He was alluding to Vladimir of the fourth grade, and was already imagining how he would tell everywhere the story of this pun, so happy in its readiness and audacity, and he wanted to say something equally happy, but His Excellency was buried again in his newspaper, and merely gave him a nod.
And Anna went on driving about with three horses, going out hunting with Artynov, playing in one-act dramas, going out to supper, and was more and more rarely with her own family; they dined now alone. Pyotr Leontyitch was drinking more heavily than ever; there was no money, and the harmonium had been sold long ago for debt. The boys did not let him go out alone in the street now, but looked after him for fear he might fall down; and whenever they met Anna driving in Staro-Kievsky Street with a pair of horses and Artynov on the box instead of a coachman, Pyotr Leontyitch took off his top-hat, and was about to shout to her, but Petya and Andrusha took him by the arm, and said imploringly:
“You mustn’t, father. Hush, father!”
THE TEACHER OF LITERATURE
THERE was the thud of horses’ hoofs on the wooden floor; they brought out of the stable the black horse, Count Nulin; then the white, Giant; then his sister Maika. They were all magnificent, expensive horses. Old Shelestov saddled Giant and said, addressing his daughter Masha:
“Well, Marie Godefroi, come, get on! Hopla!”
Masha Shelestov was the youngest of the family; she was eighteen, but her family could not get used to thinking that she was not a little girl, and so they still called her Manya and Manyusa; and after there had been a circus in the town which she had eagerly visited, every one began to call her Marie Godefroi.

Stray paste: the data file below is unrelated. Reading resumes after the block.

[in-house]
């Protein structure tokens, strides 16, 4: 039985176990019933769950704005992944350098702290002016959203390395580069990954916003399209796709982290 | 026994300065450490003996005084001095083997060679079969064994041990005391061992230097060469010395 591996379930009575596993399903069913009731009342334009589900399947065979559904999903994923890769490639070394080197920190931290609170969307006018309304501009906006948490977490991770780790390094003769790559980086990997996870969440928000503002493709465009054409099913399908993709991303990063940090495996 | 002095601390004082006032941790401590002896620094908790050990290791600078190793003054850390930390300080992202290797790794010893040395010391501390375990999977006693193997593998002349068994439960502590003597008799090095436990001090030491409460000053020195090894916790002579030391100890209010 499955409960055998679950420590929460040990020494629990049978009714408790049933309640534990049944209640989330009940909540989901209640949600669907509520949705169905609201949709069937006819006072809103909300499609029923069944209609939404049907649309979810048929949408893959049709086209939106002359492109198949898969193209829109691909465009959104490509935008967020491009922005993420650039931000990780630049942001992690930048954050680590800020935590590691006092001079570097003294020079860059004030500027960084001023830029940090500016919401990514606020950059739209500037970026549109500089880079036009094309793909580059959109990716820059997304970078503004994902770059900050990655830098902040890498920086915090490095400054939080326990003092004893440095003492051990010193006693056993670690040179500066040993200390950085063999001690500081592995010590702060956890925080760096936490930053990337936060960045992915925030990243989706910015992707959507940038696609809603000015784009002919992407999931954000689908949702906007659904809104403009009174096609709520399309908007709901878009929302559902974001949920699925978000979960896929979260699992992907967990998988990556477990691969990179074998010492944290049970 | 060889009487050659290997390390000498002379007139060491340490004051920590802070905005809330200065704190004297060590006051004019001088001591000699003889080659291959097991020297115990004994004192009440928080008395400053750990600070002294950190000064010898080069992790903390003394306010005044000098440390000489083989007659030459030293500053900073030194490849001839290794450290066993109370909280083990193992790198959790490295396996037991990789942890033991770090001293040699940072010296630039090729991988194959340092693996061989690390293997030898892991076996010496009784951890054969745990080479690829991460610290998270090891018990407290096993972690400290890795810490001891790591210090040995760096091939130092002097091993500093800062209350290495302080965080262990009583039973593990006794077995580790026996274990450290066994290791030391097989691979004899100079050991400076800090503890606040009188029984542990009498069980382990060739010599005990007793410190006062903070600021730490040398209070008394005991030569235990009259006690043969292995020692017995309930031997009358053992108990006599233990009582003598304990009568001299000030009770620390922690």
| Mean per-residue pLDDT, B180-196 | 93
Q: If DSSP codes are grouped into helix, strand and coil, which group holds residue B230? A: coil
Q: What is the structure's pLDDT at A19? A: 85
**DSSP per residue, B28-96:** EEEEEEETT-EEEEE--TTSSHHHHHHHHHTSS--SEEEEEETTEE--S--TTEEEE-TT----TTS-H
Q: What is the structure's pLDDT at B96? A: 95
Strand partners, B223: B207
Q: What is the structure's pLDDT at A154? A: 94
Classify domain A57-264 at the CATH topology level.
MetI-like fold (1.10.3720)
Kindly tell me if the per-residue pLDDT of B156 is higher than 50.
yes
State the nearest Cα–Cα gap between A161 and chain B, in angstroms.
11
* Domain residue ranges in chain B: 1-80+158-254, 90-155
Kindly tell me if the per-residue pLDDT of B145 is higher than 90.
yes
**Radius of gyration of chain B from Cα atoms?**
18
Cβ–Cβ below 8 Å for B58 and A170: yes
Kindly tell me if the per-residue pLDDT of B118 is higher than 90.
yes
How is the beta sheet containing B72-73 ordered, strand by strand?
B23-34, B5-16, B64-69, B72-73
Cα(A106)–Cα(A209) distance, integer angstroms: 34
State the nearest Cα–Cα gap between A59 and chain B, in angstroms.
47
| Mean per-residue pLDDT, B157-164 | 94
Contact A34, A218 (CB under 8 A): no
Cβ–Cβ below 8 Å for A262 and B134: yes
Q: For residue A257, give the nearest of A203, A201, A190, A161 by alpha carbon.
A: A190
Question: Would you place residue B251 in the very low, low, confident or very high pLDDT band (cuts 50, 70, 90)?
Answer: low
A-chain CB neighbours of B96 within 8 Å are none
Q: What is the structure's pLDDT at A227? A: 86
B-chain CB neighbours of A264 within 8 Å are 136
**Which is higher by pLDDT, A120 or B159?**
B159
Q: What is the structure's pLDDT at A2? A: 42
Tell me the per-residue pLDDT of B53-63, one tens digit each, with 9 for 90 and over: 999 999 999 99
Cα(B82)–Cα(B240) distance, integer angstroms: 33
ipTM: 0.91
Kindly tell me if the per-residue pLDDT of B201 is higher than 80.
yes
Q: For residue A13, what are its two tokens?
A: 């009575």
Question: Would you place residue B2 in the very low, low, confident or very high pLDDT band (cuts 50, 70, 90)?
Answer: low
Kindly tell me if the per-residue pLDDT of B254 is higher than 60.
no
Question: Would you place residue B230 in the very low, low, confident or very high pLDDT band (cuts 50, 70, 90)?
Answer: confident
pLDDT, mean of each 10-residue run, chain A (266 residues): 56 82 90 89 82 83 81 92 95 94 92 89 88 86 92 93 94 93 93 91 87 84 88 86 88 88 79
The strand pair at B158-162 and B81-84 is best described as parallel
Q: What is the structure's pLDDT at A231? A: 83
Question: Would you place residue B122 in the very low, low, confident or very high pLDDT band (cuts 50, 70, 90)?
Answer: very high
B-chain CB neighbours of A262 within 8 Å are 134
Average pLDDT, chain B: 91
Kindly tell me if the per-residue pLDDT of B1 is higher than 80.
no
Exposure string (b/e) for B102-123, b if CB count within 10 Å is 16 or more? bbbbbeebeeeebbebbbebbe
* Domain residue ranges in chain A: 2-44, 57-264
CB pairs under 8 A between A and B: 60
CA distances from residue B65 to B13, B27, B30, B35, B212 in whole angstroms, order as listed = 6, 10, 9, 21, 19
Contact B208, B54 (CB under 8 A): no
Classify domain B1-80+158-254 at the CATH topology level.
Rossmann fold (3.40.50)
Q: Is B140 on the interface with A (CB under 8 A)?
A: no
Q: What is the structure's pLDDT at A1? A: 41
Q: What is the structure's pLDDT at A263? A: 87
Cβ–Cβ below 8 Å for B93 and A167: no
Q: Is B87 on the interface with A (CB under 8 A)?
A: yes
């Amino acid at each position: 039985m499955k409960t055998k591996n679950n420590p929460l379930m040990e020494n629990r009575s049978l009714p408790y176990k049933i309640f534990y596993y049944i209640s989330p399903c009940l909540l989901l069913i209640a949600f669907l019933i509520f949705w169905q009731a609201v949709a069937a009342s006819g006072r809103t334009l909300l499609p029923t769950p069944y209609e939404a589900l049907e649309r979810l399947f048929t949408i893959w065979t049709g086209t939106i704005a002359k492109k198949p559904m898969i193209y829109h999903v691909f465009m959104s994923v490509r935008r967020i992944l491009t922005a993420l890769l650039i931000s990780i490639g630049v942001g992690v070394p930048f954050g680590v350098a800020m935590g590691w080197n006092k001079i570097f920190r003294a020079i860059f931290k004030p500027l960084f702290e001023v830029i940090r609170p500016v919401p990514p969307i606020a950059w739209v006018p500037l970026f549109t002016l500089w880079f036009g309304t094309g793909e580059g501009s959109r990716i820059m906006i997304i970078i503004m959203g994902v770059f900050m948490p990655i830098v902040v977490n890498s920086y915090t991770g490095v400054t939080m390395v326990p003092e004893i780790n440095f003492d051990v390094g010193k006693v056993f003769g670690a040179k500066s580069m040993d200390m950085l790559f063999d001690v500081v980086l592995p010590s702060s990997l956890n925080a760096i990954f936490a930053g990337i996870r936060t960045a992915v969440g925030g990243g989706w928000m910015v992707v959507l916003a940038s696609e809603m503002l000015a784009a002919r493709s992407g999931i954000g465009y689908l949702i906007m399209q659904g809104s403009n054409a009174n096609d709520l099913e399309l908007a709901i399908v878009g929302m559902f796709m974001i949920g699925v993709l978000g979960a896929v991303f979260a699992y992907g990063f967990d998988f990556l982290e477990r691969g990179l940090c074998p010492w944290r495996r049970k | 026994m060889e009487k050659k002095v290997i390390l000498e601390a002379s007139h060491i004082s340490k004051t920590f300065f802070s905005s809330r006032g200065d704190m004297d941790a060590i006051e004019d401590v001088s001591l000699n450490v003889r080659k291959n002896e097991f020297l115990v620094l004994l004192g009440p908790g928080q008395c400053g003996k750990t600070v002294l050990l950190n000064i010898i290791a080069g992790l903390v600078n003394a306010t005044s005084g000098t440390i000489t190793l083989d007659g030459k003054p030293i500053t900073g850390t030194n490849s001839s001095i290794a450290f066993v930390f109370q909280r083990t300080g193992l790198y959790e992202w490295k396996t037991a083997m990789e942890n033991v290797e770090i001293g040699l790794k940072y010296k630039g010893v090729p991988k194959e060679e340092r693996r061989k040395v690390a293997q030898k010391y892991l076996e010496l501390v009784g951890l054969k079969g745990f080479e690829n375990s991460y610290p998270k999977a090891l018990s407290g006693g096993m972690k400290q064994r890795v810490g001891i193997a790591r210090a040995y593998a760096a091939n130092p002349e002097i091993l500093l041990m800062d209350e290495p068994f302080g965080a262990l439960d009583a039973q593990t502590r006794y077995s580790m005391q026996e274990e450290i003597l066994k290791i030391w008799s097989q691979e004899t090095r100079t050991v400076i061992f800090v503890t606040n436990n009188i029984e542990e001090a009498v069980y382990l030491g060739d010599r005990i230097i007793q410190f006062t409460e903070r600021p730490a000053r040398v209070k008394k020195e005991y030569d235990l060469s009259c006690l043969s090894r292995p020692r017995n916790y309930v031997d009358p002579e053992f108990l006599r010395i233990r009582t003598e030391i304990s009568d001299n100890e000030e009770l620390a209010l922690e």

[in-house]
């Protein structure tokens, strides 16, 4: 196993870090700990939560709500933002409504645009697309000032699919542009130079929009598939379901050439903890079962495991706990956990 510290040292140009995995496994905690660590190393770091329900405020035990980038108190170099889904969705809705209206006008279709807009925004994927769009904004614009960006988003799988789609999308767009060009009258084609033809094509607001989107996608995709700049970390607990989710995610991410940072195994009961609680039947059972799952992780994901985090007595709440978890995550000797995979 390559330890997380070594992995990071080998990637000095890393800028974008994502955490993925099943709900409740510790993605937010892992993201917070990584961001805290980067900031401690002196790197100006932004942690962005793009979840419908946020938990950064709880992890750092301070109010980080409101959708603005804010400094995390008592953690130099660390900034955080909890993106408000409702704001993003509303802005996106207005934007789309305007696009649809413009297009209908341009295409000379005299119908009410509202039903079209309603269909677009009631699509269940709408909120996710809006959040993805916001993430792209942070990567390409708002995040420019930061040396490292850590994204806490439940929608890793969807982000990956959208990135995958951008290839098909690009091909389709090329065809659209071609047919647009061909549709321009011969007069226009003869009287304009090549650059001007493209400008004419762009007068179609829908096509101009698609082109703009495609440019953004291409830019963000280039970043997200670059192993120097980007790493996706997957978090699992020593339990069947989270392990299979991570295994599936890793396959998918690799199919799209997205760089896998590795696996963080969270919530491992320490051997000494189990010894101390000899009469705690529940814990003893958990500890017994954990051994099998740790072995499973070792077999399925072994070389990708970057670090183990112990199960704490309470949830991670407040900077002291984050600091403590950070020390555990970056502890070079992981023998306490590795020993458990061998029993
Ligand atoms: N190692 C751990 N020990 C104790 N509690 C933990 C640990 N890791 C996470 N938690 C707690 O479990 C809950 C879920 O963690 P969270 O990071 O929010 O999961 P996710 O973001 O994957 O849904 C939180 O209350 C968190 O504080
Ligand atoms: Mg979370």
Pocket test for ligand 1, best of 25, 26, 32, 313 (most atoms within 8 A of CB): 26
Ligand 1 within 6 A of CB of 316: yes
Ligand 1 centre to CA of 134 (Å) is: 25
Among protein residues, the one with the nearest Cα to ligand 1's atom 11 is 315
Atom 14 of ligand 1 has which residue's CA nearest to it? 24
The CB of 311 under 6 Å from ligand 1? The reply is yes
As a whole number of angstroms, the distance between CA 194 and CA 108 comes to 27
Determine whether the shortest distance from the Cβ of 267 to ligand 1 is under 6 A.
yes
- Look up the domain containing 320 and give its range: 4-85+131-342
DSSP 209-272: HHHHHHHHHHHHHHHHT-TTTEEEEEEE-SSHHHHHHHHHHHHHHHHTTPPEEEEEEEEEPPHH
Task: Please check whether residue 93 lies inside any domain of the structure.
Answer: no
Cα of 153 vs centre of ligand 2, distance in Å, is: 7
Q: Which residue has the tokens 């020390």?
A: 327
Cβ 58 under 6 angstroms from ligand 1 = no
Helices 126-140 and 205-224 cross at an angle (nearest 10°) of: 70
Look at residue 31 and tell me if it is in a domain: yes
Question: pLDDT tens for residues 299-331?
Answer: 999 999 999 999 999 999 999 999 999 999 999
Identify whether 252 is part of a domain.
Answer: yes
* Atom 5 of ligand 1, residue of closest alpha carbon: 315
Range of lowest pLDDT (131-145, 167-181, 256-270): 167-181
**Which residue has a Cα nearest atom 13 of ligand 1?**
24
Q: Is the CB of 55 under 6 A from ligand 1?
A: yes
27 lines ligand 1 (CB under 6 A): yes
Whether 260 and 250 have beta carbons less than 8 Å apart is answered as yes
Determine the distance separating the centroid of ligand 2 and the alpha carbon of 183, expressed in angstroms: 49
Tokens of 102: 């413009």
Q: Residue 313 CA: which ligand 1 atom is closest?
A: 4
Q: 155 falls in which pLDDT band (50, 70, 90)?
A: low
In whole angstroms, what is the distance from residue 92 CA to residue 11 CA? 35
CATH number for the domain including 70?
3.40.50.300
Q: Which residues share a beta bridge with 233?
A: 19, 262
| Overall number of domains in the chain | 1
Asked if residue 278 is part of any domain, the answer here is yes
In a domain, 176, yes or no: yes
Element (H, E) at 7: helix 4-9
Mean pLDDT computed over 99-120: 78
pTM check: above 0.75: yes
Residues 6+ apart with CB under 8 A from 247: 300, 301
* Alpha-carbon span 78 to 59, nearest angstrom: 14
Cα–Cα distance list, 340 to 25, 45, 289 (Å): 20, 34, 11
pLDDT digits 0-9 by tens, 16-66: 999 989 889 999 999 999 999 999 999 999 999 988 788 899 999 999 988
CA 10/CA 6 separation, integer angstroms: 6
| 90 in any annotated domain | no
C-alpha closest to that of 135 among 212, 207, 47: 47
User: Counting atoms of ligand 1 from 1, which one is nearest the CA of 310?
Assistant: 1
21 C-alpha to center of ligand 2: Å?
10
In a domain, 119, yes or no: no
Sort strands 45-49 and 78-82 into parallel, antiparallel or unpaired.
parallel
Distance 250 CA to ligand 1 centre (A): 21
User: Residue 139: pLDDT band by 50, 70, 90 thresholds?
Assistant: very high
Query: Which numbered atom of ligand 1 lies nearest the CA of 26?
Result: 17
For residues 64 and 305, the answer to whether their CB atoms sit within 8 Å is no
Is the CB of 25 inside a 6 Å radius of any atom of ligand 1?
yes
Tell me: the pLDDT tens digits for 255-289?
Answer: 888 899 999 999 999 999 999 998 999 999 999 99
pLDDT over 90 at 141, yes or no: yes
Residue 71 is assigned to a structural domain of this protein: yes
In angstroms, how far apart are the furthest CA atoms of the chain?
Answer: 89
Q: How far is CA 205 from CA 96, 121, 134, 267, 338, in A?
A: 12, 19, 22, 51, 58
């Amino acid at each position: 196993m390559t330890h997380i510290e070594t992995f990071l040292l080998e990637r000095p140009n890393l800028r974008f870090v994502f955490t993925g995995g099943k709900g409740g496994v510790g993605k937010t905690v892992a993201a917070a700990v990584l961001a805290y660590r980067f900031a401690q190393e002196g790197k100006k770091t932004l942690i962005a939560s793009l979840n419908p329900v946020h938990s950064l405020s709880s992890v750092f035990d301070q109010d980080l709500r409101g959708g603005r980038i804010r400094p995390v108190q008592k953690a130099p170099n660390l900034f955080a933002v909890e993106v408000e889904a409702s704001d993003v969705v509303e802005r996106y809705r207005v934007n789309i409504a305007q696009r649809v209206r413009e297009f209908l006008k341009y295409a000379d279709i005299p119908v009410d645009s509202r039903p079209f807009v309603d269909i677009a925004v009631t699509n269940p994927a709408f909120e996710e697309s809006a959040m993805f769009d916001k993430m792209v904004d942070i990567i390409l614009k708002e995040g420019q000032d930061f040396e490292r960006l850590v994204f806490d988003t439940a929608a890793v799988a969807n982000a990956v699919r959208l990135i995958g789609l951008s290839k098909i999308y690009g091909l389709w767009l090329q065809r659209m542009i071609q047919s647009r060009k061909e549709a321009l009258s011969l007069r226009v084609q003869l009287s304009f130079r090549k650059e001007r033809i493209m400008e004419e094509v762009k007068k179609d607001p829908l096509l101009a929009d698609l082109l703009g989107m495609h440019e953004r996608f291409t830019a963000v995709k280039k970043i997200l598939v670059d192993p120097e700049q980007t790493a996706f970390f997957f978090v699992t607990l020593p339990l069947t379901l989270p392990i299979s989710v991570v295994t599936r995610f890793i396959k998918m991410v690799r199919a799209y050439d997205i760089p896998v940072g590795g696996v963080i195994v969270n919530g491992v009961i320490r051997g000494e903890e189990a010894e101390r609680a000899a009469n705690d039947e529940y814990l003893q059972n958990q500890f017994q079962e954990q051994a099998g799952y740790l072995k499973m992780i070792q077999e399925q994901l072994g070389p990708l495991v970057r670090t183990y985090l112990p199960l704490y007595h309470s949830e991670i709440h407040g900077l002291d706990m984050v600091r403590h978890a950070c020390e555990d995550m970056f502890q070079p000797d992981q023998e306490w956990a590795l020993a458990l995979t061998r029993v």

“Hop-la!” she cried, mounting Giant. Her sister Varya got on Maika, Nikitin on Count Nulin, the officers on their horses, and the long picturesque cavalcade, with the officers in white tunics and the ladies in their riding habits, moved at a walking pace out of the yard.
Nikitin noticed that when they were mounting the horses and afterwards riding out into the street, Masha for some reason paid attention to no one but himself. She looked anxiously at him and at Count Nulin and said:
“You must hold him all the time on the curb, Sergey Vassilitch. Don’t let him shy. He’s pretending.”
And either because her Giant was very friendly with Count Nulin, or perhaps by chance, she rode all the time beside Nikitin, as she had done the day before, and the day before that. And he looked at her graceful little figure sitting on the proud white beast, at her delicate profile, at the chimney-pot hat, which did not suit her at all and made her look older than her age—looked at her with joy, with tenderness, with rapture; listened to her, taking in little of what she said, and thought: